Matt and Wulfgar have put up posts answering a questionnaire for Democrats posted over at Rabid Sanity. I thought I might give it a shot as well.

1. What is going right with our country right now? This question is necessary because if we all agree on what is working, we won’t have to reinvent the wheel and waste time.

Generally, things are going fine. Our system of government is works well enough, civil liberties are generally respected, most people are getting by, etc. I don’t think there’s really a need to agree on what’s working, as there are fewer things that aren’t, so fleshing them out is easier and less time consuming.

2. What are the top three issues that need to be addressed in order of priority. You can’t say everything, because then nothing is a priority.

1. Our current war on terror strategy. This includes things like the war in Iraq, the Patriot act, the NSA spying conundrum, etc. Iraq is obviously the biggest part of this. It’s costing us trillions and has rolled back some of the gains made by the war in Afghanistan (which could have been prosecuted better in places, but we can’t underestimate the value of depriving al Qaeda of essentially their own country). A lot of blood has been shed already there, with the potential for more. The potential for success (defined as a stable and democratic regime) seems low, but I still have some hope left. At home, civil liberties are being sacrificed in the name of the Patriot act (as a caveat, the whole act is not bad, but has quite a few worrying provisions) and warrant-less wiretaps.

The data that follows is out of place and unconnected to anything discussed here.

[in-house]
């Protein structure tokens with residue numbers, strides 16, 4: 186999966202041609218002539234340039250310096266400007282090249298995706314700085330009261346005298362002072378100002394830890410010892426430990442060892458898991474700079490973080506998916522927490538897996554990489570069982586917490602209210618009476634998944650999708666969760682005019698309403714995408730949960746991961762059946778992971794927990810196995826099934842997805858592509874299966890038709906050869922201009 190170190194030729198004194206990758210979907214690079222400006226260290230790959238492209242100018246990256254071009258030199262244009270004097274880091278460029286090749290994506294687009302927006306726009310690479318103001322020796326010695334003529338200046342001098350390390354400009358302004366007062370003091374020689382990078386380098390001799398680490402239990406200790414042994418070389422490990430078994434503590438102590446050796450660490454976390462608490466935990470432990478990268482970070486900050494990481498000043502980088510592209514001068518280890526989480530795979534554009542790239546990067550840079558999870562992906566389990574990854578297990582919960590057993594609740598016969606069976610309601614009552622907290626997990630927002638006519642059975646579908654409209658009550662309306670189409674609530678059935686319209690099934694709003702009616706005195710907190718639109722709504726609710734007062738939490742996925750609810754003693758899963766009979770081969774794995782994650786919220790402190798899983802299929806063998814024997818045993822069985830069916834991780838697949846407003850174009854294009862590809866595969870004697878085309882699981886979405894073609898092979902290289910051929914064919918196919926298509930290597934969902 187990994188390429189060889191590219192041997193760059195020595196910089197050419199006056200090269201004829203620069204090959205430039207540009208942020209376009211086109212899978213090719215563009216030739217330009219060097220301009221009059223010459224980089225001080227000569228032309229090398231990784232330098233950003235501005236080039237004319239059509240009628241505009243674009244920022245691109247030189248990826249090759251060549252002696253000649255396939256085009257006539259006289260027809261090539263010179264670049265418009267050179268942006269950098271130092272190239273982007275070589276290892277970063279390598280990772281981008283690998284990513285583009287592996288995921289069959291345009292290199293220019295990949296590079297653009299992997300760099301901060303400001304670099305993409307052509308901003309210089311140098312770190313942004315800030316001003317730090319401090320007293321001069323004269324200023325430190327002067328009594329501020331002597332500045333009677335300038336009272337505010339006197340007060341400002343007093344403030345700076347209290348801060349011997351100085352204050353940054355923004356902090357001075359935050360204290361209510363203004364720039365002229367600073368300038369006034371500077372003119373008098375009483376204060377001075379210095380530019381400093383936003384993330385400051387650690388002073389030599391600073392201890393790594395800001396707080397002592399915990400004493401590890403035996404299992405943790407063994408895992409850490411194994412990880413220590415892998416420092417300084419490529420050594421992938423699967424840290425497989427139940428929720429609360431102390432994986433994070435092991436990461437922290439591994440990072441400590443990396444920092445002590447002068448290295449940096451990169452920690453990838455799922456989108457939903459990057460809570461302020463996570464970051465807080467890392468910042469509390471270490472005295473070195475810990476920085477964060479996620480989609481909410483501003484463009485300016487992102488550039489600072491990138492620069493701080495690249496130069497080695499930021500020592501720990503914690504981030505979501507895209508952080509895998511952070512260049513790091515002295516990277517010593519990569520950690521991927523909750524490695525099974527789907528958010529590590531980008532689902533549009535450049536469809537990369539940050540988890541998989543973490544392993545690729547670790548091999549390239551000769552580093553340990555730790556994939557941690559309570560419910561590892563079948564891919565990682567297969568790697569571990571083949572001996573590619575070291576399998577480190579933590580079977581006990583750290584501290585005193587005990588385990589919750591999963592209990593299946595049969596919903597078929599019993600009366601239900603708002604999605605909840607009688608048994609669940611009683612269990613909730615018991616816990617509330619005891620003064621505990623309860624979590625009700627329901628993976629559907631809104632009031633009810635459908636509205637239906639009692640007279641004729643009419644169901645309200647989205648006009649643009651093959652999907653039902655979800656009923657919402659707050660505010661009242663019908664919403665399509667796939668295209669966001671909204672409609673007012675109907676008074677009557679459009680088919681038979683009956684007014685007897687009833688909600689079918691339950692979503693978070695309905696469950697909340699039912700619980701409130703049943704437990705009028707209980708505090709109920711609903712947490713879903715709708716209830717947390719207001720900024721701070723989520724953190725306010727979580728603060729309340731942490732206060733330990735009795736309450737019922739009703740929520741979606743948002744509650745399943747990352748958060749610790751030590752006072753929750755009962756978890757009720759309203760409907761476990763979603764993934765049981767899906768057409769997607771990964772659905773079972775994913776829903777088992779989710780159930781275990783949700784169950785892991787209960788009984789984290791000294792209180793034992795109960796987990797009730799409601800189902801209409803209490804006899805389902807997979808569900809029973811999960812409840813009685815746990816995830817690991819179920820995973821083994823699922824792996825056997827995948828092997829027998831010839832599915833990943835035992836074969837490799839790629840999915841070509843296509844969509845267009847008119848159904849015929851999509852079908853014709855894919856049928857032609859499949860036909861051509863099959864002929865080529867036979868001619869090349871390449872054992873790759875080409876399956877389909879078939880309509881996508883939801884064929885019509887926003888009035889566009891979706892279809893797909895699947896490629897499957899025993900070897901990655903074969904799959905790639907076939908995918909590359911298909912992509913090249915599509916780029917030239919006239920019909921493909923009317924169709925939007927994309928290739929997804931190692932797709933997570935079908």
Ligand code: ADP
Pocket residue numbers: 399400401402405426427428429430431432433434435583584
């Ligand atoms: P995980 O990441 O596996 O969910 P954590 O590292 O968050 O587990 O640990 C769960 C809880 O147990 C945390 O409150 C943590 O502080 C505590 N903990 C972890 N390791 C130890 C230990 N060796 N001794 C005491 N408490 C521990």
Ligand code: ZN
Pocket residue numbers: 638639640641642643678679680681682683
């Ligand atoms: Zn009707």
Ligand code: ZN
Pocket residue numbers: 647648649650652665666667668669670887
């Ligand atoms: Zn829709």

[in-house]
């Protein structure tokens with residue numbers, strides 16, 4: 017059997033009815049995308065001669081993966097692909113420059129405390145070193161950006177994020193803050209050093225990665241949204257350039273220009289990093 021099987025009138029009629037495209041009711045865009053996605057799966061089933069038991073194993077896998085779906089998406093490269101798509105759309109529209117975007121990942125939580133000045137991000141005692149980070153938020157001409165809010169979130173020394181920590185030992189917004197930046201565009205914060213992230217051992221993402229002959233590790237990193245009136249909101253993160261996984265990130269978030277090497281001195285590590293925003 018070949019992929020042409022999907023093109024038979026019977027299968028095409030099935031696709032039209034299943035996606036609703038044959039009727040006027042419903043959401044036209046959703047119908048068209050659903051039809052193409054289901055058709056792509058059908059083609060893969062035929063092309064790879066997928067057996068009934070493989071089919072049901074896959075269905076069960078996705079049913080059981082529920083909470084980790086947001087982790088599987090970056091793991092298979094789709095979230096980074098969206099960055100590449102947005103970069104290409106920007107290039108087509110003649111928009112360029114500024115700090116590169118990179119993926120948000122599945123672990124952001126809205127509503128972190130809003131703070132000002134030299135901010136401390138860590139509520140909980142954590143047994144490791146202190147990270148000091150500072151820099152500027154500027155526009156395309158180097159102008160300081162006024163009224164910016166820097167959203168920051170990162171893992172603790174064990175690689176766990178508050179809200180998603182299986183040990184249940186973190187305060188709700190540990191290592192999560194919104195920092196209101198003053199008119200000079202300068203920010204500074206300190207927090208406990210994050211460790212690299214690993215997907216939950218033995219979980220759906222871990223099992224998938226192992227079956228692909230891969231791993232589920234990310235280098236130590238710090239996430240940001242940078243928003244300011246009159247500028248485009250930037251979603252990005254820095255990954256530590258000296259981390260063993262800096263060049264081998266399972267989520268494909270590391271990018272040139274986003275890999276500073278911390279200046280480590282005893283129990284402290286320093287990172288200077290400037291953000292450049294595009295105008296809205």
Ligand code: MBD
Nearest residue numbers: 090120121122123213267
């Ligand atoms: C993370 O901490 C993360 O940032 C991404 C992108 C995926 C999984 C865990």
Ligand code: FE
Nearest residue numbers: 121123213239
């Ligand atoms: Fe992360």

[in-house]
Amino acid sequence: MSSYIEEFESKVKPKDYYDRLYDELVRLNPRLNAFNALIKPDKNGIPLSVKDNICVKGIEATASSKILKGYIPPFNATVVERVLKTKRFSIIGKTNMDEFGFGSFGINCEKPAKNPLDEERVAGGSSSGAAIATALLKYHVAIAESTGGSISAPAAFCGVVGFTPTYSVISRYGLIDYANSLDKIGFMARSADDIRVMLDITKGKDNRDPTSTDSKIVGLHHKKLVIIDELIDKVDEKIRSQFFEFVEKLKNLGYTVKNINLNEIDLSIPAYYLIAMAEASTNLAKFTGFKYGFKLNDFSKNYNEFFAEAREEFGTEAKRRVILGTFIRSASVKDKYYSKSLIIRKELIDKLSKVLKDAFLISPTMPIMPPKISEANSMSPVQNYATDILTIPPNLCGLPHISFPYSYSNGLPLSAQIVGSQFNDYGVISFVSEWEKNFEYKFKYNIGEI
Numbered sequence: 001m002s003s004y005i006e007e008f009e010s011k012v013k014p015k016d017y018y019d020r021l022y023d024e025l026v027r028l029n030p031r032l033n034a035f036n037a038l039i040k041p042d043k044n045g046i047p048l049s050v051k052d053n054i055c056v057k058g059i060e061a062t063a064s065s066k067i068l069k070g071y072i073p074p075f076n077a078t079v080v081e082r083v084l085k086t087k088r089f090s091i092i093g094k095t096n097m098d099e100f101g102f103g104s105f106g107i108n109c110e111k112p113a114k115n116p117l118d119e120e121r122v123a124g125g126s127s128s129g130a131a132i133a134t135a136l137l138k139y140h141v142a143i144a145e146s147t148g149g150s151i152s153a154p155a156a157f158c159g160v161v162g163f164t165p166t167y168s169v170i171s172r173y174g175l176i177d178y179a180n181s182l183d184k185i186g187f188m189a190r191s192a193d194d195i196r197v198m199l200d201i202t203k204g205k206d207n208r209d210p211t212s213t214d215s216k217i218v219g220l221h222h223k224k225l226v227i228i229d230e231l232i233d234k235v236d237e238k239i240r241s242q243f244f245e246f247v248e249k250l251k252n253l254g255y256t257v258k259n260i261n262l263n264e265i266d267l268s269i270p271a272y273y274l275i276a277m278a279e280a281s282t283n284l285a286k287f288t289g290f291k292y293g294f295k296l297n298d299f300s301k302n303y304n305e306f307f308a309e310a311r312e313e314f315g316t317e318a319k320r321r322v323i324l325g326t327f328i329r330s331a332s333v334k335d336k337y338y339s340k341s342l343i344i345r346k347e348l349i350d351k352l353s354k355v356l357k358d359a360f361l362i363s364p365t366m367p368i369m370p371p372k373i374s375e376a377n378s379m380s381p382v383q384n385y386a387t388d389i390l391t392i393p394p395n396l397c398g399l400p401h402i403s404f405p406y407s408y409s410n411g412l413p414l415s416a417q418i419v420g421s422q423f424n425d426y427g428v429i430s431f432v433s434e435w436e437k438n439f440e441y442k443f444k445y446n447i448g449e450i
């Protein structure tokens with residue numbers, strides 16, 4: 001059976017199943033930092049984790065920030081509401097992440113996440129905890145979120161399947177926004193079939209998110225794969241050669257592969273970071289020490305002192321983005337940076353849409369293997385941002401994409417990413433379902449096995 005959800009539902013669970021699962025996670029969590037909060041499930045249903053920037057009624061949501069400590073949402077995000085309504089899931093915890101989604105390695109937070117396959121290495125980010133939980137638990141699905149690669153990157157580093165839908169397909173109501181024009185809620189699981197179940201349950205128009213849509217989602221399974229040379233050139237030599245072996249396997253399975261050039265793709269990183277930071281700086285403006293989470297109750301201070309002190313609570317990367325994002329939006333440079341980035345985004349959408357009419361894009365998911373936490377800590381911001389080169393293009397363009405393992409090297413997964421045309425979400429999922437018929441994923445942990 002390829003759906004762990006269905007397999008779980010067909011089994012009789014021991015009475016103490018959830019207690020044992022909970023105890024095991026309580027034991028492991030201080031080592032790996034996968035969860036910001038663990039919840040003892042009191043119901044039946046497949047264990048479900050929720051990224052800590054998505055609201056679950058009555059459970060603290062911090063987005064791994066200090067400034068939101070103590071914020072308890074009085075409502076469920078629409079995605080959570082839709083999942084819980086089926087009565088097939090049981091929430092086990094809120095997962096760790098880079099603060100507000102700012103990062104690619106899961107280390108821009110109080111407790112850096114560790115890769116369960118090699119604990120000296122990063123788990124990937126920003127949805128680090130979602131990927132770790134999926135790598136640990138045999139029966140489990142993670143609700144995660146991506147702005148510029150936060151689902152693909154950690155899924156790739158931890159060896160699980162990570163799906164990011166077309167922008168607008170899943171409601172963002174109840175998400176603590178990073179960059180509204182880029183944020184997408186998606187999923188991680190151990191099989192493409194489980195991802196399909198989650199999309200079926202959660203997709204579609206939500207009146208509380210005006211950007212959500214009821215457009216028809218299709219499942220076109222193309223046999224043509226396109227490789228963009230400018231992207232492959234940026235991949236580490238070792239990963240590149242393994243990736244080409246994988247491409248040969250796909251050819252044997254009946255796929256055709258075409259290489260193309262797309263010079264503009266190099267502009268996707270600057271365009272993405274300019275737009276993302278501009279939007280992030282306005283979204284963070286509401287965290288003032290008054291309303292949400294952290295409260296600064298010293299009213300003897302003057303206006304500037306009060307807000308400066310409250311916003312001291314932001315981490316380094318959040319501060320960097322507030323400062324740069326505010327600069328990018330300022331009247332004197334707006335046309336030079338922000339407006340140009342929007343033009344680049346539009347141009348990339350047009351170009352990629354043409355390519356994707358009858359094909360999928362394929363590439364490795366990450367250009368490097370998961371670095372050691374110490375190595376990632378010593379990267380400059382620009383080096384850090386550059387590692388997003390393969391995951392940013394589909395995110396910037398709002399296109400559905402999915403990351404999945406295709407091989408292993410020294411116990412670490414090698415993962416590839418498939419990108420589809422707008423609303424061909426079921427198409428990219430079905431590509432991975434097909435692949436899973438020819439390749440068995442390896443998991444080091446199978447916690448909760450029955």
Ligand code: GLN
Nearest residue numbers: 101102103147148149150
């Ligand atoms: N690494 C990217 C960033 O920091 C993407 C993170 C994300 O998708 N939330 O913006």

2. Our national discourse. I’m young, so I can’t really say if it’s always been like this, but our national discourse is pathetic. The media is a major part of this. Being more concerned with making money than informing us, they put vacuous pundits on television to scream at each other and demonize the other side. When they aren’t doing that, they’re doing pointless horserace coverage or engaging in unenlightening he said-she said reporting. Don’t get me wrong, there are good reporters (print, mostly), but we’re steeped in these worthless human interest stories and mind-numbing pundit shows that get us nowhere. To get more, we can turn to ideological opinion magazines, but the content is uneven. It’s not all the media’s fault, though. There’s obviously a market for this crap. Too many people just don’t care. Voter turnout is pathetic. How many people can name their Congressional representatives? The people that do vote have problems as well. Rather than voting based on policy, they’re swayed by looks, emotion, or appeals to a shared faith. Some think their religion is a sound basis for policy. Perhaps worse, some lazily vote for whatever party they decided they were a part of long ago. No one’s perfect, but it’s not that hard to educate yourself. It’s not that hard to learn about how politicians manipulate voters and try to correct for it. Then there are the partisans of both sides. Godless hippies who hate America vs. corrupt corporate fatcats bent on turning this country into a theocracy? I don’t think so. Oh, but I can’t blame the people who have turned off politics for doing so. Look at who they have to vote for. Politicians who care about their special interest checks more than the people they serve. Cynical manipulations of the voting public. The belief that they should intervene in private family tragedies. Principle thrown to the wind to get elected (or the misguided belief that it will get them elected). This is something of a catch all, but it’s all related and it’s something we need to fix (of course, I don’t have the answers).